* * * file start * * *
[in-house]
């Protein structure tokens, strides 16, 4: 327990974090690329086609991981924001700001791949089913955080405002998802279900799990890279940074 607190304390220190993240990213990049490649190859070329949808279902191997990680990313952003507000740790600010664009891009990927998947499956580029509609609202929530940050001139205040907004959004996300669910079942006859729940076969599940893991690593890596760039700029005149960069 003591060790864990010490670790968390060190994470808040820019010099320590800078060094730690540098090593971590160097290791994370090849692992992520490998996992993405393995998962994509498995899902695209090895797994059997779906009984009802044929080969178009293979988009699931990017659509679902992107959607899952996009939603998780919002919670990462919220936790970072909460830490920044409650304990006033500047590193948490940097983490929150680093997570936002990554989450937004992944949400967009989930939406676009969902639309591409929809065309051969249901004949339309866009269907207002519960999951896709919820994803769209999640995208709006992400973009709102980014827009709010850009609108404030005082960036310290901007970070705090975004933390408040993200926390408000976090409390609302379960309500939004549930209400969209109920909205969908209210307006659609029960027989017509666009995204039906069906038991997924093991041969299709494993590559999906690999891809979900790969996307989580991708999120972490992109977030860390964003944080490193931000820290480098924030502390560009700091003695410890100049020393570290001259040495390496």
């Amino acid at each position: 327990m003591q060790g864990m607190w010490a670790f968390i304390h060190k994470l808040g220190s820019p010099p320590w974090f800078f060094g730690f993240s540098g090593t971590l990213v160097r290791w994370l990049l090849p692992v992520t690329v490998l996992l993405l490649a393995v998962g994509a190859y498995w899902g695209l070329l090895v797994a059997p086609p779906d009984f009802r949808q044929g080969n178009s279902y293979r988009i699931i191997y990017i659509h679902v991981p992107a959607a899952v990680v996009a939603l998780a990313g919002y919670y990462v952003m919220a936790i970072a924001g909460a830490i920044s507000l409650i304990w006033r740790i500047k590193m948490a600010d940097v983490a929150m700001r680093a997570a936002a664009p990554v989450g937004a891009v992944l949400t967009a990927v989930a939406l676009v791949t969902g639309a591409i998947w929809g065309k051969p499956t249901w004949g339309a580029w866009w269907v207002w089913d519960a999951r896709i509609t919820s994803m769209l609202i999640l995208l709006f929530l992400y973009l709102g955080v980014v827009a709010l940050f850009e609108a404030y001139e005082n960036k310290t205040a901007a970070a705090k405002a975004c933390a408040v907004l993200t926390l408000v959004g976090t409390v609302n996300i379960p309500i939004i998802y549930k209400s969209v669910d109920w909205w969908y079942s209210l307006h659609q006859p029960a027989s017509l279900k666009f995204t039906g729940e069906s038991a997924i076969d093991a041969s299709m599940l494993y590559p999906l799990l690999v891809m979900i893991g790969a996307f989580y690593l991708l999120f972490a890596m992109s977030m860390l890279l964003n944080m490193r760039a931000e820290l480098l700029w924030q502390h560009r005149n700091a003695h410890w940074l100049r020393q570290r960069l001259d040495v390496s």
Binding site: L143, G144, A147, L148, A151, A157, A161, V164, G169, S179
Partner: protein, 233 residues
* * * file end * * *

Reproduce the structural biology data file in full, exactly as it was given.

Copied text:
[in-house]
């Protein structure tokens, strides 16, 4: 327990974090690329086609991981924001700001791949089913955080405002998802279900799990890279940074 607190304390220190993240990213990049490649190859070329949808279902191997990680990313952003507000740790600010664009891009990927998947499956580029509609609202929530940050001139205040907004959004996300669910079942006859729940076969599940893991690593890596760039700029005149960069 003591060790864990010490670790968390060190994470808040820019010099320590800078060094730690540098090593971590160097290791994370090849692992992520490998996992993405393995998962994509498995899902695209090895797994059997779906009984009802044929080969178009293979988009699931990017659509679902992107959607899952996009939603998780919002919670990462919220936790970072909460830490920044409650304990006033500047590193948490940097983490929150680093997570936002990554989450937004992944949400967009989930939406676009969902639309591409929809065309051969249901004949339309866009269907207002519960999951896709919820994803769209999640995208709006992400973009709102980014827009709010850009609108404030005082960036310290901007970070705090975004933390408040993200926390408000976090409390609302379960309500939004549930209400969209109920909205969908209210307006659609029960027989017509666009995204039906069906038991997924093991041969299709494993590559999906690999891809979900790969996307989580991708999120972490992109977030860390964003944080490193931000820290480098924030502390560009700091003695410890100049020393570290001259040495390496």
């Amino acid at each position: 327990m003591q060790g864990m607190w010490a670790f968390i304390h060190k994470l808040g220190s820019p010099p320590w974090f800078f060094g730690f993240s540098g090593t971590l990213v160097r290791w994370l990049l090849p692992v992520t690329v490998l996992l993405l490649a393995v998962g994509a190859y498995w899902g695209l070329l090895v797994a059997p086609p779906d009984f009802r949808q044929g080969n178009s279902y293979r988009i699931i191997y990017i659509h679902v991981p992107a959607a899952v990680v996009a939603l998780a990313g919002y919670y990462v952003m919220a936790i970072a924001g909460a830490i920044s507000l409650i304990w006033r740790i500047k590193m948490a600010d940097v983490a929150m700001r680093a997570a936002a664009p990554v989450g937004a891009v992944l949400t967009a990927v989930a939406l676009v791949t969902g639309a591409i998947w929809g065309k051969p499956t249901w004949g339309a580029w866009w269907v207002w089913d519960a999951r896709i509609t919820s994803m769209l609202i999640l995208l709006f929530l992400y973009l709102g955080v980014v827009a709010l940050f850009e609108a404030y001139e005082n960036k310290t205040a901007a970070a705090k405002a975004c933390a408040v907004l993200t926390l408000v959004g976090t409390v609302n996300i379960p309500i939004i998802y549930k209400s969209v669910d109920w909205w969908y079942s209210l307006h659609q006859p029960a027989s017509l279900k666009f995204t039906g729940e069906s038991a997924i076969d093991a041969s299709m599940l494993y590559p999906l799990l690999v891809m979900i893991g790969a996307f989580y690593l991708l999120f972490a890596m992109s977030m860390l890279l964003n944080m490193r760039a931000e820290l480098l700029w924030q502390h560009r005149n700091a003695h410890w940074l100049r020393q570290r960069l001259d040495v390496s």
Binding site: L143, G144, A147, L148, A151, A157, A161, V164, G169, S179
Partner: protein, 233 residues